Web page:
Sunday, July 10, 2011

The confusing world of Type 3 oil strainers

Last year I bought an NOS Type 3 oil strainer. When it arrived I realized the design of the strainer was different from the one in my Ghia, which raised some questions. Was the one in my car not a Type 3 strainer? How are Type 1 and Type 3 strainers different, and how are the various Type 3 versions different from each other? Here's the old one from my '62 for comparison:

It seems to be an OEM part, with VW and MH (Mann+Hummel?) stamps:

The VW Type 3 Workshop Manual points to the oil pickup tube diameter as the defining characteristic of the different versions. The diameter is larger in the 1500S engine (14mm) than it is in the 40hp (12mm), and the manual warns of dire consequences if the wrong one is used.

My car seems to have the 1500 strainer, identified by a ridge stamped into the filter screen. I then checked a later copy of the parts book and it lists only the following:

311 115 175 A to July 1969
111 115 175 B from August 1969

The strainer I bought is 311 115 175 A, so according the later parts book it should work. 311 115 175 A is just a later development of the strainer design.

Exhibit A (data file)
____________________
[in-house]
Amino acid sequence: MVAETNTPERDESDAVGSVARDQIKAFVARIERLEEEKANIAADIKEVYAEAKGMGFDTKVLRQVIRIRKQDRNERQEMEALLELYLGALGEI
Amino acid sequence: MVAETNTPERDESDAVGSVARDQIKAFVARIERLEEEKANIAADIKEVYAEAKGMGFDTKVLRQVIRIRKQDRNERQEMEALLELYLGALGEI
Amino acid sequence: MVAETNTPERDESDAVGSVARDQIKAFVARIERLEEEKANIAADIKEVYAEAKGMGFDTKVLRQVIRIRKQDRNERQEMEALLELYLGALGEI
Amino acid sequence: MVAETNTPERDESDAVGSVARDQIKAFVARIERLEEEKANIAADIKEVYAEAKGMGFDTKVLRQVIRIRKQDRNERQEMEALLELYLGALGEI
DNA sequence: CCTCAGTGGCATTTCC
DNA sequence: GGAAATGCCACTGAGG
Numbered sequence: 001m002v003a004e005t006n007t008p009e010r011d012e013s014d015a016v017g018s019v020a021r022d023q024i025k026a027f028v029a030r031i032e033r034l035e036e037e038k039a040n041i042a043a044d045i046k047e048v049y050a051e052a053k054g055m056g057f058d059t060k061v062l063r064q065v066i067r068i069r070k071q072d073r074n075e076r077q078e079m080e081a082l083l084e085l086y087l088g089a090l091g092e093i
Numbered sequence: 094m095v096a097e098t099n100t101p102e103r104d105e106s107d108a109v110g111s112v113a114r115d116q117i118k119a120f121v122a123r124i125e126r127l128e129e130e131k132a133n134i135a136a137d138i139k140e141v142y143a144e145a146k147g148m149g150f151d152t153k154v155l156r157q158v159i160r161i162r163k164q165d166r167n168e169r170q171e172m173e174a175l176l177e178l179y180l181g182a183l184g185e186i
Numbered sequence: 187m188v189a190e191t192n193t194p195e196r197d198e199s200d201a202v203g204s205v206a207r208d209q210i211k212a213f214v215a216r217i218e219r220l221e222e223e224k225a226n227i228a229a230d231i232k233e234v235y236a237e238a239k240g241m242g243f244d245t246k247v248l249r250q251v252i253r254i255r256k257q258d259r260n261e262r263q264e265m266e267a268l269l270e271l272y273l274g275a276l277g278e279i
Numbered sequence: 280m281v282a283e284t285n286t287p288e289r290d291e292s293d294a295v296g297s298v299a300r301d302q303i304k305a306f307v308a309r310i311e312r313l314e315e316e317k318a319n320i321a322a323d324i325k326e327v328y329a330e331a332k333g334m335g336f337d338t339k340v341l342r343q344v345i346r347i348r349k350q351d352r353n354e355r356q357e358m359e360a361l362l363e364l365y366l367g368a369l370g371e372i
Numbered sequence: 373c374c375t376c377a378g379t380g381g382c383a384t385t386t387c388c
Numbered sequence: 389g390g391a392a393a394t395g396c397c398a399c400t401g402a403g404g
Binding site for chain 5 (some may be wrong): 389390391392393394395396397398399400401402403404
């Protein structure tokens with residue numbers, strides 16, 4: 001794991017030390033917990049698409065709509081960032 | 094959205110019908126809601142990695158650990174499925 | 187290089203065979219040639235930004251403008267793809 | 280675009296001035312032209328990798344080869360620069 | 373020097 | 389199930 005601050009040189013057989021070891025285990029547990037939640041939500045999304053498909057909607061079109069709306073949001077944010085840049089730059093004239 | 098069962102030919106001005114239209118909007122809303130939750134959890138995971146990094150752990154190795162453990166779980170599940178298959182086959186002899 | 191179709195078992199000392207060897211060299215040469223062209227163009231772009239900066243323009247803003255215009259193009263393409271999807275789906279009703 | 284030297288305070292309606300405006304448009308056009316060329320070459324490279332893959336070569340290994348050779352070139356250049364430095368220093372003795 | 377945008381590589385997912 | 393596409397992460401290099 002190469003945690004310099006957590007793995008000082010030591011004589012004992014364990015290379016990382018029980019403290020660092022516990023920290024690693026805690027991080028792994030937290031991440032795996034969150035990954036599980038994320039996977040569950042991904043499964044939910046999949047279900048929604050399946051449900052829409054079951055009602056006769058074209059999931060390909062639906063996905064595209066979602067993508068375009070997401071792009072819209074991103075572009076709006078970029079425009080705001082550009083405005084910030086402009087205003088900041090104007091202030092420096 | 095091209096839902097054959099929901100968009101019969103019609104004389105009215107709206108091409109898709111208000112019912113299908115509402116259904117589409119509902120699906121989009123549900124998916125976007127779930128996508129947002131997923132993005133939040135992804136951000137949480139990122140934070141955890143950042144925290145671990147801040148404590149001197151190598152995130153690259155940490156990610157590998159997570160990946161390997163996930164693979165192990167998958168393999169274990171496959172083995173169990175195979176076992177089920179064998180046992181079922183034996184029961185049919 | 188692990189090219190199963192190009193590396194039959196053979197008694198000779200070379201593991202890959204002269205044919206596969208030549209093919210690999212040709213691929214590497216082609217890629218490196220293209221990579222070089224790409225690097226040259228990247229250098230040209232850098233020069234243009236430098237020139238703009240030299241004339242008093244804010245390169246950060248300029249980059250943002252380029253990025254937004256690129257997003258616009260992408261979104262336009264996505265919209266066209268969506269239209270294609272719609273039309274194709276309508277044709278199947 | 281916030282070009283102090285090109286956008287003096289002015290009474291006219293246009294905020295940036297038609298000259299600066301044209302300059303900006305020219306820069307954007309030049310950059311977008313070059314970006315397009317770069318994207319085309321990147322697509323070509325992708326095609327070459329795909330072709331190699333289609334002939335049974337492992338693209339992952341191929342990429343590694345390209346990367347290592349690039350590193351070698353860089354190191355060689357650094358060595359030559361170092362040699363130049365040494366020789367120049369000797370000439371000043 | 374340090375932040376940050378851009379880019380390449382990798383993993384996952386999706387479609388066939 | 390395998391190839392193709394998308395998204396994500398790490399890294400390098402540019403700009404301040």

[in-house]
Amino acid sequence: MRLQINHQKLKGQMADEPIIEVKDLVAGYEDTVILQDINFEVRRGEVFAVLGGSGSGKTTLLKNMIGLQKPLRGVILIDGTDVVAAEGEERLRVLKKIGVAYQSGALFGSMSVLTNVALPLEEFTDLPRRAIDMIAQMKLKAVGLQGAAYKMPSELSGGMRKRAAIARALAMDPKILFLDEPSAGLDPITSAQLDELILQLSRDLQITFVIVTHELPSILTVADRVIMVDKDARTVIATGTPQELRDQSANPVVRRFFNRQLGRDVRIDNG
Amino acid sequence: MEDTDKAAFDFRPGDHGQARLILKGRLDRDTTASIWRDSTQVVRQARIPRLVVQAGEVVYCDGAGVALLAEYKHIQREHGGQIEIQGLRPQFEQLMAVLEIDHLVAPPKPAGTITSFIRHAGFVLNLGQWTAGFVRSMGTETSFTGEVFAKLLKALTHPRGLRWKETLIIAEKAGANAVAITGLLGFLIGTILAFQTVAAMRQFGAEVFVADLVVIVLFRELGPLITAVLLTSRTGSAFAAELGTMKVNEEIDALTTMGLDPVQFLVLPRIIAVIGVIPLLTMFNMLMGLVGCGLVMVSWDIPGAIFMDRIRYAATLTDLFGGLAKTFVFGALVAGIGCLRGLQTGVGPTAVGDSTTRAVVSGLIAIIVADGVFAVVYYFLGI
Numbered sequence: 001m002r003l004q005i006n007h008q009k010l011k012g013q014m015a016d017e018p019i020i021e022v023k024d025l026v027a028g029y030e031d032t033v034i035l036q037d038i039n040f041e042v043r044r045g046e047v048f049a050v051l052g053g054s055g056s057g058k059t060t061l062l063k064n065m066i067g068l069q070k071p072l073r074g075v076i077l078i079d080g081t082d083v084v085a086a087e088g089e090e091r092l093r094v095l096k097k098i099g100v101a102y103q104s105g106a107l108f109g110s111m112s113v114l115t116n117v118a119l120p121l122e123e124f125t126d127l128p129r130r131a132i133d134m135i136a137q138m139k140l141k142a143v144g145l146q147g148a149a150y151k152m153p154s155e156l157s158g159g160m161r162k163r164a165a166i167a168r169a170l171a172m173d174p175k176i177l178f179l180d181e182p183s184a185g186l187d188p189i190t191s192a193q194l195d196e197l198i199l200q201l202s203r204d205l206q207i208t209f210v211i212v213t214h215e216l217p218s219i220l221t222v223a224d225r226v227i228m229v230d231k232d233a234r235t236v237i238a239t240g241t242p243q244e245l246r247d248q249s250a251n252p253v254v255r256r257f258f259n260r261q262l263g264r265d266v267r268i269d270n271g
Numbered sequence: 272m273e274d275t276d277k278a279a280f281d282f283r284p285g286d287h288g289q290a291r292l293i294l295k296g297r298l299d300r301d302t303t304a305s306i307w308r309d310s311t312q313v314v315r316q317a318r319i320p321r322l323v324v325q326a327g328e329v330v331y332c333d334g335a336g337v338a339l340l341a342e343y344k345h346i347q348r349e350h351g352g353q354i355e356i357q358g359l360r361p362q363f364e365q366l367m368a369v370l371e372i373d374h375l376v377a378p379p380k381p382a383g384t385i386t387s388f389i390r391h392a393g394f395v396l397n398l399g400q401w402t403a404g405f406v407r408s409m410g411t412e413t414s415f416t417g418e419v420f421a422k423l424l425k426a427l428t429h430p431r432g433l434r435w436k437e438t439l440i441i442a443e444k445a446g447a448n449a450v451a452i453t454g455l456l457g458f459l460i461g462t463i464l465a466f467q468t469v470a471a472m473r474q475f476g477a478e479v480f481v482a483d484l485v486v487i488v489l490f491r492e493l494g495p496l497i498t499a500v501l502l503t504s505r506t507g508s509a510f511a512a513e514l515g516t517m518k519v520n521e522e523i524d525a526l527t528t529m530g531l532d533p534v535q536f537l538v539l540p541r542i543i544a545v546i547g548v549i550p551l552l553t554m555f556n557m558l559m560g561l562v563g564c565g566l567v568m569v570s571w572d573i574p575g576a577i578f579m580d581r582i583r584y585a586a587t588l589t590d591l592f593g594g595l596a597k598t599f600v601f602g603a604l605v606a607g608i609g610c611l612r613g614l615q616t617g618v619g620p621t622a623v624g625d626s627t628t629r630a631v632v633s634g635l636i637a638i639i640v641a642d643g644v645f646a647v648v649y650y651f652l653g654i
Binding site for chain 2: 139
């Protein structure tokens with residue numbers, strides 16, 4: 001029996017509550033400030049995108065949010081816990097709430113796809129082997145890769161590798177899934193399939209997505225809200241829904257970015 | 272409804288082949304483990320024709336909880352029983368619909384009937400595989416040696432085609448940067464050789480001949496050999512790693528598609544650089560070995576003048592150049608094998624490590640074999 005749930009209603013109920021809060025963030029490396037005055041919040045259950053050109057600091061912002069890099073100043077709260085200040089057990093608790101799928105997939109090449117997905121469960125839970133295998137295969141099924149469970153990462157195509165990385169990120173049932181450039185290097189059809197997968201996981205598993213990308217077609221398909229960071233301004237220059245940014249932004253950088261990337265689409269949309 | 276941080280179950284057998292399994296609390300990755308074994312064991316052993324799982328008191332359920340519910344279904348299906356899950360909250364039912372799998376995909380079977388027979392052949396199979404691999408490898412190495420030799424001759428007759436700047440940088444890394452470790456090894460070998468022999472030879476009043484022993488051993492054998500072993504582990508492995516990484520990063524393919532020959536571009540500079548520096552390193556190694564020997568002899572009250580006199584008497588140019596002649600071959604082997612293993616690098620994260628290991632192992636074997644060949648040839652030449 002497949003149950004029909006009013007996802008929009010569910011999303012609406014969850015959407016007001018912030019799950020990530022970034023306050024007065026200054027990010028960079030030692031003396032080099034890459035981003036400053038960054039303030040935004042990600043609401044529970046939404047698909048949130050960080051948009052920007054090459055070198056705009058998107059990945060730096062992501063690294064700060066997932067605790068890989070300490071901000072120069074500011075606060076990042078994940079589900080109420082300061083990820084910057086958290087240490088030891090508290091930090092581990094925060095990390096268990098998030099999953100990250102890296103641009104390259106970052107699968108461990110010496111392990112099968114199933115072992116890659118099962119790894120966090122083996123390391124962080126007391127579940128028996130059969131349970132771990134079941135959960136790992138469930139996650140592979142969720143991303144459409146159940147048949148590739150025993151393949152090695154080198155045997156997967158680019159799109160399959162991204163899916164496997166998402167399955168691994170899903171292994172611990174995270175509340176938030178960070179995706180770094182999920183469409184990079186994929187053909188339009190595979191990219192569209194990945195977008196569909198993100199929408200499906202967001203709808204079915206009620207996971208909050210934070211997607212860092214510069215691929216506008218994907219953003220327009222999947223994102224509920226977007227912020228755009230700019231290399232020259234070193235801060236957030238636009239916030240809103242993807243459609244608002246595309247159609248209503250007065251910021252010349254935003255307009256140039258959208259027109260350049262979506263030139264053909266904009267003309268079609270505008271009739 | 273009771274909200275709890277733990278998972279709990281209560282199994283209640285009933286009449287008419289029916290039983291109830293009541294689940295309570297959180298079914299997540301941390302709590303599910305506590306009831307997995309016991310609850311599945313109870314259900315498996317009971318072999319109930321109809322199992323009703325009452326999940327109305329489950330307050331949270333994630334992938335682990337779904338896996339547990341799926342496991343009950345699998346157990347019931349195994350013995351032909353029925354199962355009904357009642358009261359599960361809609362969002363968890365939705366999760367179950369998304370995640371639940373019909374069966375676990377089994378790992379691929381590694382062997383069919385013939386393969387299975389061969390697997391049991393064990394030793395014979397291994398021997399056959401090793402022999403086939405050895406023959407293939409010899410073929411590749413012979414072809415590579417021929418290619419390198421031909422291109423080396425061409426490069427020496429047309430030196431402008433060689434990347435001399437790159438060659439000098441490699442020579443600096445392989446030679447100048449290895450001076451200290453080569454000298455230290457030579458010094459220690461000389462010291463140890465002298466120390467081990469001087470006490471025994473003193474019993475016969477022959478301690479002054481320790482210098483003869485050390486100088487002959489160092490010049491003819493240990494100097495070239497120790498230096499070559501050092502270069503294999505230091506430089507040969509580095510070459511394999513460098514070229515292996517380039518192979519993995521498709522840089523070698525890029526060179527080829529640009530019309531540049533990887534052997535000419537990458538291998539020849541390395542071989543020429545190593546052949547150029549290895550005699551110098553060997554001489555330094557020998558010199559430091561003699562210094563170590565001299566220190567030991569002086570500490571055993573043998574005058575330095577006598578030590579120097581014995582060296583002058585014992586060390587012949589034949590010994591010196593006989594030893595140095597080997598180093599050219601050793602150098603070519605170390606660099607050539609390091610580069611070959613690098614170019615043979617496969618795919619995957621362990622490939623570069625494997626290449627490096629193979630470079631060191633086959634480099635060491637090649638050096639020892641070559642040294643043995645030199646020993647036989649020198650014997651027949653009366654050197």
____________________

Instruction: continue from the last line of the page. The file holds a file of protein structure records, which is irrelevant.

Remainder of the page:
New replacement Type 3 strainers also conform to this later design. Use them with confidence. While researching oil strainers I found this note:

So that's what that open space under the strainer is for. The magnetic oil ring was listed in the 1961 parts book as a standard part for the VW 1500 (#12):

They come up for sale every once in a while, though the 36hp version (111 115 195) seems much more common than the 40hp/1500 one (113 115 195). I'll buy one eventually if I can track one down.

Friday, June 24, 2011

L 469 Anthrazit

I found this 1 kg can of anthracite lacquer at the VW Classic swap meet. I've always told myself that if I saw an original factory can of anthracite for sale I would buy it. On first seeing it I assumed it would be completely dry but it's still liquid and fairly full. I think my car is trying to tell me what color it wants to be.

Tuesday, May 31, 2011

California Central Coast 1500 Ghia sighting